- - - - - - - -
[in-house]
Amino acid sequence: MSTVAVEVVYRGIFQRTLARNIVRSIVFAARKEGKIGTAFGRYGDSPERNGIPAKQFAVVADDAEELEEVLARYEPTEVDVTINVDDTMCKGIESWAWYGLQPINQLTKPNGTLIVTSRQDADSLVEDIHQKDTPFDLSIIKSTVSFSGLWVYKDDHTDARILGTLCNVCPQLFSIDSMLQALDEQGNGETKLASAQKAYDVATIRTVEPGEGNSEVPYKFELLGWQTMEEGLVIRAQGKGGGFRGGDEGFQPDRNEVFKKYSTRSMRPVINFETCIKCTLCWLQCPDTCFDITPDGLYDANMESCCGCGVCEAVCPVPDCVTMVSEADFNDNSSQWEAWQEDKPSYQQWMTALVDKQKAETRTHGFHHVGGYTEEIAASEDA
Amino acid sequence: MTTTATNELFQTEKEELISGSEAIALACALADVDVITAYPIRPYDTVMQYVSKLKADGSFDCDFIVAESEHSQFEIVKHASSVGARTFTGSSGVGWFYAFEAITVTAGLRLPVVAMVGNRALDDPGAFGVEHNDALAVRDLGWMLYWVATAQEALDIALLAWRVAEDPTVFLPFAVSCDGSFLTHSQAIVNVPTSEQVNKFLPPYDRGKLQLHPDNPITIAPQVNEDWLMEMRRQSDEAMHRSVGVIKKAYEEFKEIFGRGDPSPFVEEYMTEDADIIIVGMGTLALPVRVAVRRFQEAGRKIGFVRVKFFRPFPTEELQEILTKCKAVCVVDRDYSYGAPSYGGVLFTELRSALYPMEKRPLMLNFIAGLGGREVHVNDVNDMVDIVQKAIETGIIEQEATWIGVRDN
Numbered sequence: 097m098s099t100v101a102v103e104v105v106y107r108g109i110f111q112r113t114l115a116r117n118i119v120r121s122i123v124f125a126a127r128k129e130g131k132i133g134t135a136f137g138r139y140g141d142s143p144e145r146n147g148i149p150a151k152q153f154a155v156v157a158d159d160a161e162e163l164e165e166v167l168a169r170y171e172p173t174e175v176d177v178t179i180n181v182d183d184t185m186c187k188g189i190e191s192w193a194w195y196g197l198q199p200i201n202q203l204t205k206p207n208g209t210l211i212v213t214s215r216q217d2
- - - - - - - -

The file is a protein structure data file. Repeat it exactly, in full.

[in-house]
Amino acid sequence: MSTVAVEVVYRGIFQRTLARNIVRSIVFAARKEGKIGTAFGRYGDSPERNGIPAKQFAVVADDAEELEEVLARYEPTEVDVTINVDDTMCKGIESWAWYGLQPINQLTKPNGTLIVTSRQDADSLVEDIHQKDTPFDLSIIKSTVSFSGLWVYKDDHTDARILGTLCNVCPQLFSIDSMLQALDEQGNGETKLASAQKAYDVATIRTVEPGEGNSEVPYKFELLGWQTMEEGLVIRAQGKGGGFRGGDEGFQPDRNEVFKKYSTRSMRPVINFETCIKCTLCWLQCPDTCFDITPDGLYDANMESCCGCGVCEAVCPVPDCVTMVSEADFNDNSSQWEAWQEDKPSYQQWMTALVDKQKAETRTHGFHHVGGYTEEIAASEDA
Amino acid sequence: MTTTATNELFQTEKEELISGSEAIALACALADVDVITAYPIRPYDTVMQYVSKLKADGSFDCDFIVAESEHSQFEIVKHASSVGARTFTGSSGVGWFYAFEAITVTAGLRLPVVAMVGNRALDDPGAFGVEHNDALAVRDLGWMLYWVATAQEALDIALLAWRVAEDPTVFLPFAVSCDGSFLTHSQAIVNVPTSEQVNKFLPPYDRGKLQLHPDNPITIAPQVNEDWLMEMRRQSDEAMHRSVGVIKKAYEEFKEIFGRGDPSPFVEEYMTEDADIIIVGMGTLALPVRVAVRRFQEAGRKIGFVRVKFFRPFPTEELQEILTKCKAVCVVDRDYSYGAPSYGGVLFTELRSALYPMEKRPLMLNFIAGLGGREVHVNDVNDMVDIVQKAIETGIIEQEATWIGVRDN
Numbered sequence: 097m098s099t100v101a102v103e104v105v106y107r108g109i110f111q112r113t114l115a116r117n118i119v120r121s122i123v124f125a126a127r128k129e130g131k132i133g134t135a136f137g138r139y140g141d142s143p144e145r146n147g148i149p150a151k152q153f154a155v156v157a158d159d160a161e162e163l164e165e166v167l168a169r170y171e172p173t174e175v176d177v178t179i180n181v182d183d184t185m186c187k188g189i190e191s192w193a194w195y196g197l198q199p200i201n202q203l204t205k206p207n208g209t210l211i212v213t214s215r216q217d2